# Recursive Sequences*

In mathematics, many sequences are conveniently expressed in a recursive manner. Here are some examples:

These are called *recursive sequences*, because the Nth term of the sequence can be expressed using the previous terms.
In Smojo, a recursive sequences are defined using 2 words:

Word | Action |
---|---|

{: ( -- rseq ) |
This word is called RSEQ, and it puts an empty recursive sequence on the stack. |

;} ( rseq seq -- seq ) |
This word is called END-RSEQ, and its purpose is to complete the recursive sequence. It takes the original recursive sequence as its first argument, and the recursively defined body (explained below) as its second argument. The result is a completed recursive sequence on the stack. |

## Examples

**Example 1**

Consider the sequence ( 1, 0, 1, 0, ... )

Clearly, this sequence is of the form α_{new} = ( 1, 0, α_{old} ).
This is a simple recursive definition for this sequence, and we can create it this way:

{: / this puts α (which is currently empty) on the stack dup 0 cons 1 cons / this duplicates α and uses it to create the sequence body, ( 1, 0, α ) ;} / this completes the recursive sequence α=( 1, 0, α ) 10 take .list 1 0 1 0 1 0 1 0 1 0 ok

**Example 2: Generating the Fibonacci series**

The fibonacci series starts with 0, 1 ... Subsequent terms are the sum of the previous two terms.
So, this sequence can be expressed as α_{new} = ( 0, 1, α_{old} ) + ( 1, α_{old} ) where "+" is element-wise addition:

{: / this puts α (which is currently empty) on the stack dup 1 cons 0 cons / this duplicates α and uses this α to create the sequence ( 0, 1, α ) dup tail / this duplicates (0,1,α) and uses it to create the sequence ( 1, α ) ' + zipwith / this does the element-wise summation on the two sequences ;} / this sets α = ( 0, 1, α ) + ( 1, α ) 10 take .list 1 2 3 5 8 13 21 34 55 89 ok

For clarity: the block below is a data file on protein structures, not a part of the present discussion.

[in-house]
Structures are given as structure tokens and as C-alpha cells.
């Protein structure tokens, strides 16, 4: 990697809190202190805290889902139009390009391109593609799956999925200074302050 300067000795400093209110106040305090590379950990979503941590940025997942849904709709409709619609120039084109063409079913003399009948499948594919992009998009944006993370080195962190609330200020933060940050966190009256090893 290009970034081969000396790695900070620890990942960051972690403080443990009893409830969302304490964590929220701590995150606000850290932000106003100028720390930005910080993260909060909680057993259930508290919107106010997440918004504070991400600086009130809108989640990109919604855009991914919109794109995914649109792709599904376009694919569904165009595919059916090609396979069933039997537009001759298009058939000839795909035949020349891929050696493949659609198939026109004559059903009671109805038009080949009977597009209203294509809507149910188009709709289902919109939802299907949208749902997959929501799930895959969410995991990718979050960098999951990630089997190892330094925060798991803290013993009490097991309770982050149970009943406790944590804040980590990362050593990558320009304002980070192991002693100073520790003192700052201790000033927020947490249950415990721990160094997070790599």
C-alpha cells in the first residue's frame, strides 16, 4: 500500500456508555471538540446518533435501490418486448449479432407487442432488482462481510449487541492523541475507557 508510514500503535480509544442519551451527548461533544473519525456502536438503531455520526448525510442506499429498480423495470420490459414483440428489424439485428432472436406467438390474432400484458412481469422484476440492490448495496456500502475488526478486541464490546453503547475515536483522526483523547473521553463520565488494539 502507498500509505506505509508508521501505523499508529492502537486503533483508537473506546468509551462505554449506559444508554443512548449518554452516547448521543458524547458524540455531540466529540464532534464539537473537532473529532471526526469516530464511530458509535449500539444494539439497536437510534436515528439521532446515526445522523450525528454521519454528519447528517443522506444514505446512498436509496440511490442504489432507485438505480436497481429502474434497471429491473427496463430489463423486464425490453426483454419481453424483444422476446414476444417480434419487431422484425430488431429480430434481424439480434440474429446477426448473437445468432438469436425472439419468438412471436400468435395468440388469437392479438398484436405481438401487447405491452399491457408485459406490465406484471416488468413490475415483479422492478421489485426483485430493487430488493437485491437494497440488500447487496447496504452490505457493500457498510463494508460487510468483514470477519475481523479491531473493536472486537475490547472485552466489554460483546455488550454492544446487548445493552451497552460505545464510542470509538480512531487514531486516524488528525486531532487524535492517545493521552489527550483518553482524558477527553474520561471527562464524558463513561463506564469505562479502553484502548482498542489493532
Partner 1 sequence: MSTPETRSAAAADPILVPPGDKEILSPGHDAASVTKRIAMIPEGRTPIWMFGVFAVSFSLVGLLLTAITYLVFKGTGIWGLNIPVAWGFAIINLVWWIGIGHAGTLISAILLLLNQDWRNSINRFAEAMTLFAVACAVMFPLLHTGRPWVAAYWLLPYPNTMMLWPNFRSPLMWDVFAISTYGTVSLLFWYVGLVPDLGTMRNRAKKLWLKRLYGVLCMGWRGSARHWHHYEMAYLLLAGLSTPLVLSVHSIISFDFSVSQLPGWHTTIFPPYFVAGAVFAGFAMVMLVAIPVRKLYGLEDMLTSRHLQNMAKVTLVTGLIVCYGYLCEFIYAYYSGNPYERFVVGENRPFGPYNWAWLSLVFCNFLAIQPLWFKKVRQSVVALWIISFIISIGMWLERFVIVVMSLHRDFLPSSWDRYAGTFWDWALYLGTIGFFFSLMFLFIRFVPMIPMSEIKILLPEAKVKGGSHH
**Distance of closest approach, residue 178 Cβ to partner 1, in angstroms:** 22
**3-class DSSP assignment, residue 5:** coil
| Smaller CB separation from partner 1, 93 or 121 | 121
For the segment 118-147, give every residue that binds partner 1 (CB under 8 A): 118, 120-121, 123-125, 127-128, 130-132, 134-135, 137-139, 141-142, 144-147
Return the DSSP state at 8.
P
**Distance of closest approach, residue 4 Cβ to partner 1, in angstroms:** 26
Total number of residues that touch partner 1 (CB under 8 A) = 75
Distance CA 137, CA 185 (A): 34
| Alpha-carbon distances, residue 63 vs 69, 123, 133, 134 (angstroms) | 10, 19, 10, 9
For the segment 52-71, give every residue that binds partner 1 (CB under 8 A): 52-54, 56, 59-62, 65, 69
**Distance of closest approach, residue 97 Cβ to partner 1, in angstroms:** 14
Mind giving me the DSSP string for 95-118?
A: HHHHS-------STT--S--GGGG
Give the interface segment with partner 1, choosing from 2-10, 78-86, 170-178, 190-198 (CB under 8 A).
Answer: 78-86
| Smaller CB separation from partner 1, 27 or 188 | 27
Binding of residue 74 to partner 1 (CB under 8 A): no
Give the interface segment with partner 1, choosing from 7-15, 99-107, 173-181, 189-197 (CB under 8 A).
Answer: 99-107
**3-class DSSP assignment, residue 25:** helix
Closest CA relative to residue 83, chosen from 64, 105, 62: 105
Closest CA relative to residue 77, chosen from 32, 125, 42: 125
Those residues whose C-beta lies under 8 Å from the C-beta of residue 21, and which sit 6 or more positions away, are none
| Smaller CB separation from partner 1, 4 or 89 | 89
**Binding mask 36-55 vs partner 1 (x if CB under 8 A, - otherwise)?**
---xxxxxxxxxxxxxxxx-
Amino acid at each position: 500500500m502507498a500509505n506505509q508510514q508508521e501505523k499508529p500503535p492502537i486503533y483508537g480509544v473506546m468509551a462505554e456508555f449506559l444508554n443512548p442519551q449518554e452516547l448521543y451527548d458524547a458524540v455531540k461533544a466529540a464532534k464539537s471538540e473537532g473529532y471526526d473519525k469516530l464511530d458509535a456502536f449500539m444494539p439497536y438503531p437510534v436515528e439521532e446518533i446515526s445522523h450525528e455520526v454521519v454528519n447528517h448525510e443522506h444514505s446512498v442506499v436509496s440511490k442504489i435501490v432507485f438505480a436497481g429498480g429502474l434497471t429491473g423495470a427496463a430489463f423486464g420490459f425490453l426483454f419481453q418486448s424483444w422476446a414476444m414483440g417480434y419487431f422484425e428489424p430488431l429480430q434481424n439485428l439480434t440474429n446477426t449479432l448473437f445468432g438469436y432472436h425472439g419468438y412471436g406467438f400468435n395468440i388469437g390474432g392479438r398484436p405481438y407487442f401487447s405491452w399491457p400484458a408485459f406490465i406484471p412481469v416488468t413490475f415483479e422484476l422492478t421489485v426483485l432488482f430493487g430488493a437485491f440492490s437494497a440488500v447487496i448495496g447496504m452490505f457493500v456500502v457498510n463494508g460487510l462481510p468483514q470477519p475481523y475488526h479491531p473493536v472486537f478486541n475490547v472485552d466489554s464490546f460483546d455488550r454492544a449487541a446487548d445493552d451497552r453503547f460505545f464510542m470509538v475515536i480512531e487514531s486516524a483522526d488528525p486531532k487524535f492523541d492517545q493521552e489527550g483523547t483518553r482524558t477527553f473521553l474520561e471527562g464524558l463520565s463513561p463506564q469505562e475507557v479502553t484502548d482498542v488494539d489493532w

## Quiz

### Question 1

Given any finite sequence, write a wordREPEAT ( seq -- seq )that creates a new sequence which is an unending repetition of the input.

: REPEAT ( seq -- seq ) {: tuck swap consa ;} ;

### Question 2

Given a sequence s = (s_{0}, s

_{1}, s

_{2}, ... ), write a word

CUMULANT ( seq -- seq )which creates a new sequence cumulant(s) = (s

_{0}, s

_{0}+ s

_{1}, s

_{0}+ s

_{1}+ s

_{2}, ... )

: CUMULANT ( seq -- seq ) {: tuck 0 cons ['] + zipwith ;} ;

### Question 3

Write the word...in terms of

REPEATand

CUMULANT.

: ... ( a b -- seq ) over - \ a d nil swap cons repeat \ a {d} swap cons cumulant ;

### Question 4*

GeneralizeCUMULANTto

ACCUMULATE ( seq x0 xt -- seq )So that

CUMULANTcan be expressed this way:

: CUMULANT ( seq -- seq ) 0 ['] + ACCUMULATE ;

: ACCUMULATE ( seq x0 xt -- seq ) >R >R {: swap over over head cons swap tail R> cons R> zipwith ;} ;

### Question 5

UseACCUMULATEto write

PRODUCTS ( seq -- seq )which given a sequence sequence s = (s

_{0}, s

_{1}, s

_{2}, ... ) will return the sequence products(s) = (s

_{0}, s

_{0}*s

_{1}, s

_{0}*s

_{1}*s

_{2}, ... ).

: PRODUCTS ( seq -- seq ) 1 ['] * accumulate ;

### Question 6*

Given any sequence, s, write the wordTAILS ( seq -- seq )that creates a new sequence tails(s) = (s, tail(s), tail(tail(s)), ...). Does your word work on finite sequences?

: TAILS ( seq -- seq ) { b } {: dup ['] tail map b cons ;} b [‘] drop zipwith \ make sure seq stops at length of b. ;

### Question 7

An algorithm is said to be*iterative*if both its running time and space requirements are at worst directly proportional to the number of terms it needs to process. For example, the algorithm:

: MAXES ( seq -- n ) dup head swap ['] max reduce ;is iterative because it uses just 1 slot on the stack and its run time is directly proportional to the length of the sequence being examined. Seen this way, is the Fibonacci recursive sequence an iterative algorithm? Carefully defend your answer. How about your answer for

CUMULANT? Again, offer proof to support your answer.

Fibonacci sequence algorithm is iterative: fixed number of stack space, run time proportional to number of elements generated.
Cumulant algorithm is also iterative